23. The Best Years of Our Lives (1946)
Though often seen only as a pejorative, all movies are manipulative. The success of a film is, rather, not based on its level of perceived manipulation, but on how well it earns us allowing ourselves to be manipulated. The Best Years of Our Lives is a heavy picture that dared speak about the atrocities of war through the prism of pathos. It earns it.
22. How Green Was My Valley (1941)
In which a middle-tier John Ford film autologically paints the sublimity of our relationship with the past.
Easy to unfairly dismiss as a melodramatic alternate-universe picture, it’s important to see Mrs. Miniver for what it is: a contemporaneous film about a global issue that tried to stay level-headed despite the creeping terror of Pearl Harbor. It feels, in tone and message, very much like a picture the British would posthumously tell about themselves were the weltanschauung not deracinated by unimaginable tragedies like the Holocaust and the atomic bomb.
I speculate there are many reasons contemporaneous conflict films are scarce: disparate perspective, lack of hindsight, the economics of politics. It’s a shame that a modern, lazy response to a film like Mrs. Miniver as “quaint” might also be a detractor.
20. One Flew Over the Cuckoo’s Nest (1975)
As pure a modern Oscar template as exists. What this says about female representation I’ll leave for you to decide.
19. Grand Hotel (1932)
I’ve often said that I don’t believe in too much subjectivity when it comes to film criticism; that there are right and wrong answers in the liberal arts or we wouldn’t talk about them. The caveat with Grand Hotel is, what I love about film isn’t always a matter of scorecard.
Its direction is pedestrian, its script is, at times, unbearable, and there are performances that would make the Pope weep. None of this, however, makes it any less watchable as the ineffable quality of its star power burns like the heat of one thousands suns. It’s an imperfect film I much enjoy spending my time with.
18. Going My Way (1944)
Leo McCarey could really say something about old age and, if sentimentality is a dirty word, no one ever clued him in on it. There’s no bitter to the sweet, as there would be in Make Way For Tomorrow, but the film is worth watching to marvel at Barry Fitzgerald alone.
When I saw how high this was ranking on my list, I was prepared to do a fair amount of apologizing. The more I think about it, I shouldn’t have to apologize for what brings me joy while marrying religion to social justice. Yeah, yeah, rose-colored glasses. I’m diabetic and I’d like to think this gives me a little authority on sweet.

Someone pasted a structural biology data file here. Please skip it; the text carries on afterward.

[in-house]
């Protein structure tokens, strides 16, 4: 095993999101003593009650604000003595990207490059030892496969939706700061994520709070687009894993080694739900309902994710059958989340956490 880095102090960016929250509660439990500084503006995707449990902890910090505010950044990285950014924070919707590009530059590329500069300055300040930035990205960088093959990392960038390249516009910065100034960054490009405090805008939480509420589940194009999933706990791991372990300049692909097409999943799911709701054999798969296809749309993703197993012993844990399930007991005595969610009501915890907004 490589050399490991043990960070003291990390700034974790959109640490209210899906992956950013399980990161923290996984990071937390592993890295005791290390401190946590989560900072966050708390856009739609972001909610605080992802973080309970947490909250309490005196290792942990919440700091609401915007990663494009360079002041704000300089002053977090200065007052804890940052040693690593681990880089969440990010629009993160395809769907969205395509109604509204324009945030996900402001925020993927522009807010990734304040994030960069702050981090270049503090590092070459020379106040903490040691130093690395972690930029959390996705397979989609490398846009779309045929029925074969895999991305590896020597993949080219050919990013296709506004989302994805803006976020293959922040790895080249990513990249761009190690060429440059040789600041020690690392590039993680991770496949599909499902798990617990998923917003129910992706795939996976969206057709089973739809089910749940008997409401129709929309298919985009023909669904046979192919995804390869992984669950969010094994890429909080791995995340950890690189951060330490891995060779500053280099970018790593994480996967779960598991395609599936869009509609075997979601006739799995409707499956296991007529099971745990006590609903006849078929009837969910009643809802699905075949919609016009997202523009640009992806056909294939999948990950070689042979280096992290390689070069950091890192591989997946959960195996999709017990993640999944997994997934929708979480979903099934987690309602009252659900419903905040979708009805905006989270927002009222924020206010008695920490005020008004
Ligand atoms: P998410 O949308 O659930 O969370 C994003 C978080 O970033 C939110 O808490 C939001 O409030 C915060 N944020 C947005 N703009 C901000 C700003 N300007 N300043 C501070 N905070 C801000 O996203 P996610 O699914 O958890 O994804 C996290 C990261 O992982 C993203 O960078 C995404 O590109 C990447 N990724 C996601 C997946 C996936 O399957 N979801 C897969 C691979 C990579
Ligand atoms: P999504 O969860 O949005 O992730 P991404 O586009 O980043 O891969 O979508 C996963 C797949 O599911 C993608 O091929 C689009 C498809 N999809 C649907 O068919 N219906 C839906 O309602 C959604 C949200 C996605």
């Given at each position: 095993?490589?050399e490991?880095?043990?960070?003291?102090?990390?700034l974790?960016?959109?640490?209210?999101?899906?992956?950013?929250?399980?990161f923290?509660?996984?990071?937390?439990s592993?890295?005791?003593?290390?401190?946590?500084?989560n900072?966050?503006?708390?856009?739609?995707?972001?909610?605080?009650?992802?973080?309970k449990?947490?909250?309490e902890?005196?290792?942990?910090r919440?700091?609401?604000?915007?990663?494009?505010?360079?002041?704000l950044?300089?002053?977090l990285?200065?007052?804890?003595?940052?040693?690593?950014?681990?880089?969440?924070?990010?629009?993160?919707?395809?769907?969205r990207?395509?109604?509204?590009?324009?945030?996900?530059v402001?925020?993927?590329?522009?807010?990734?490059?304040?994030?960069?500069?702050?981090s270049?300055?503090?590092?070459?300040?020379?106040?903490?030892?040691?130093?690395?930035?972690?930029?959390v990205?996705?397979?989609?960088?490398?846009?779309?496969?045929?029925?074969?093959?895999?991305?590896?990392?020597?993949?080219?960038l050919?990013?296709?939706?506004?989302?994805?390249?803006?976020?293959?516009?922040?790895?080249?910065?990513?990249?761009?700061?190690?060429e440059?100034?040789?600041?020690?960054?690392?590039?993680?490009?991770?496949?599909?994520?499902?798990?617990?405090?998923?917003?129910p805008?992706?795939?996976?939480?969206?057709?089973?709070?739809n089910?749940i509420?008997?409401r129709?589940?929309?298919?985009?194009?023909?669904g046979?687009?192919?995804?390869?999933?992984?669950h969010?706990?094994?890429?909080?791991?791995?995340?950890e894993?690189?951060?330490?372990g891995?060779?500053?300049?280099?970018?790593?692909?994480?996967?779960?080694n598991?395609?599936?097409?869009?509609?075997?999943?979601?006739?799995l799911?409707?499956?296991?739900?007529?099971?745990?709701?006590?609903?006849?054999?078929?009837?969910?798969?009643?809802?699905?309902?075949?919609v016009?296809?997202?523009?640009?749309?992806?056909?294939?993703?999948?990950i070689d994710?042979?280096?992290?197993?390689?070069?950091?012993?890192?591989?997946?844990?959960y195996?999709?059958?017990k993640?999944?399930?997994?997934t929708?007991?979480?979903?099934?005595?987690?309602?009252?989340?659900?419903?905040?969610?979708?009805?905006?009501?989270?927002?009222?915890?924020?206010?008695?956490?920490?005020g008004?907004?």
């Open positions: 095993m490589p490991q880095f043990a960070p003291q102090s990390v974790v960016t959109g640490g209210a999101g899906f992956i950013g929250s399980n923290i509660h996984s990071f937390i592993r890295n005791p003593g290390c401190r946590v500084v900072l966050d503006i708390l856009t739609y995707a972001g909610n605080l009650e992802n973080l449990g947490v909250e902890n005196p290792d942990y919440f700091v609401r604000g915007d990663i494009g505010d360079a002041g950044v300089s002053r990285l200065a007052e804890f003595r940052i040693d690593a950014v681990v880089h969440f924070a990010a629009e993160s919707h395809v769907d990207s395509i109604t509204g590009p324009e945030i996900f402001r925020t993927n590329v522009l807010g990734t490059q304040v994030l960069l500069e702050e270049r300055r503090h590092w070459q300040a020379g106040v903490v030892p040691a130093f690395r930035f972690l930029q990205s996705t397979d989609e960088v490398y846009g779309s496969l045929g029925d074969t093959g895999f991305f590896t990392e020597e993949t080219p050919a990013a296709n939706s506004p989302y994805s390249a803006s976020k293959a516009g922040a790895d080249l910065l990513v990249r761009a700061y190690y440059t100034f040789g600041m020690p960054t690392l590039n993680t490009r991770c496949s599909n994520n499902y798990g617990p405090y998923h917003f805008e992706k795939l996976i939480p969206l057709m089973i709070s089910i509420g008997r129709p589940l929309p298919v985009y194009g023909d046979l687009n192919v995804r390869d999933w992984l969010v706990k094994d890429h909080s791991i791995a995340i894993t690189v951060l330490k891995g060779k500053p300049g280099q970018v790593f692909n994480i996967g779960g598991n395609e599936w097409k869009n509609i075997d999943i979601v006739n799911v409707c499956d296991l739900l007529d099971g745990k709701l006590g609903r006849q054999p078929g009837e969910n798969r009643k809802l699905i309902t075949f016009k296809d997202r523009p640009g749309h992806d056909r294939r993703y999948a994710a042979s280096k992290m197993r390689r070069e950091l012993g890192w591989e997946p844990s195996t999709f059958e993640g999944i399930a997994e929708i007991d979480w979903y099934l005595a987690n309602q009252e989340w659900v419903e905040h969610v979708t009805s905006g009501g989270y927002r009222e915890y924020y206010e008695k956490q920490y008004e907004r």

And the Oscar for Best Skull in a Motion Picture goes to…
It’s strange to me that Marty ever won Best Picture. In a decade of pre-sold, conventional films, the most familiarity America had with the source material was from the cinema’s prime rival— the television version—which was produced two years earlier.
The film version takes away the television version’s qualities of intimacy and liveness, but credit it to its writing and performances (and certainly budget to some extent), the film version is the better realized of the two.
15. Casablanca (1942)
Casablanca is almost critic-proof. It’s so well-structured, well-written, and Bergman and Bogart are so iconic it exudes classic Hollywood. It’s a very above-average movie and it’s a shame that the direction is such a bummer. Curtiz is a workhorse, sure, but there is nothing definable about his visual work here. We’re left with a very good play that probably would have sounded fantastic on radio.
14. The Godfather (1972)
What is often simplified as a critique on American capitalism largely misses the point that The Godfather is most interesting in its character duality. Loyalty to familial ties leads to death. Religious devotion is juxtaposed against violence. The powers that be puff their chests to compensate for their failed institutions. Yet it’s the characters—the ethnic, the naïve, the loyal characters—irrational optimism towards the American dream is what makes The Godfather so fascinating.
13. Lawrence of Arabia (1962)
A true epic masterwork, Lean’s Lawrence of Arabia is one of the rare films that should be required annual viewing. It’s the rare example of traditional Hollywood outdoing the French New Wave movement in an era where the epic wasn’t en vogue. It’s old-fashioned but timelessly breathtaking.
12. The French Connection (1971)
In today’s segment of “Life of a Cinephile” our hero plays Scene It? with a group of friends when an “All Play” round resembling “Wheel of Fortune” pops up. As letters slowly appear, the puzzle reads:
_ H E
_ R E _ C H
C O _ _ E C _ _ O _
His wife excitedly blurts out “THE WRENCH COLLECTION.” End scene.
His wife excitedly blurts out “THE WRENCH COLLECTION.” End scene.
11. All About Eve (1950)
Perhaps the most universally loved of all Best Picture Winners, All About Eve presents bully performances and lands in a perfect niche between what the 1940s saw as prestigious (European, literary) and what the 1950s saw as safe (conservative, pre-sold). It’s its own brand of cinematic genius for which the stars aligned.